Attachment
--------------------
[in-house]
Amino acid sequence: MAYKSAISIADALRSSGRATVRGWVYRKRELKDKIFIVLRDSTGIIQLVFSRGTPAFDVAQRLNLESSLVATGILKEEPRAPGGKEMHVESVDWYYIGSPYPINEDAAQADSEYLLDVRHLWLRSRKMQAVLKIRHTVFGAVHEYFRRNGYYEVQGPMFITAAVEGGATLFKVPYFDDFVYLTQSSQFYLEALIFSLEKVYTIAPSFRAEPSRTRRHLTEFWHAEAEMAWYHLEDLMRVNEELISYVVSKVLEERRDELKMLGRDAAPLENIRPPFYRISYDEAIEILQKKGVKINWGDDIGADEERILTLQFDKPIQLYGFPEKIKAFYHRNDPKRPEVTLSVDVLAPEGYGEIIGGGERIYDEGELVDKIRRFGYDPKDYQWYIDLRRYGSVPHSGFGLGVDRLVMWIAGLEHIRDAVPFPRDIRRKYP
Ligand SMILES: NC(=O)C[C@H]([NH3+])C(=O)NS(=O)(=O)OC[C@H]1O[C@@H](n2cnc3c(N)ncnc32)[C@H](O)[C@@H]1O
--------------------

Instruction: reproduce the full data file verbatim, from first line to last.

[in-house]
Amino acid sequence: MAYKSAISIADALRSSGRATVRGWVYRKRELKDKIFIVLRDSTGIIQLVFSRGTPAFDVAQRLNLESSLVATGILKEEPRAPGGKEMHVESVDWYYIGSPYPINEDAAQADSEYLLDVRHLWLRSRKMQAVLKIRHTVFGAVHEYFRRNGYYEVQGPMFITAAVEGGATLFKVPYFDDFVYLTQSSQFYLEALIFSLEKVYTIAPSFRAEPSRTRRHLTEFWHAEAEMAWYHLEDLMRVNEELISYVVSKVLEERRDELKMLGRDAAPLENIRPPFYRISYDEAIEILQKKGVKINWGDDIGADEERILTLQFDKPIQLYGFPEKIKAFYHRNDPKRPEVTLSVDVLAPEGYGEIIGGGERIYDEGELVDKIRRFGYDPKDYQWYIDLRRYGSVPHSGFGLGVDRLVMWIAGLEHIRDAVPFPRDIRRKYP
Ligand SMILES: NC(=O)C[C@H]([NH3+])C(=O)NS(=O)(=O)OC[C@H]1O[C@@H](n2cnc3c(N)ncnc32)[C@H](O)[C@@H]1O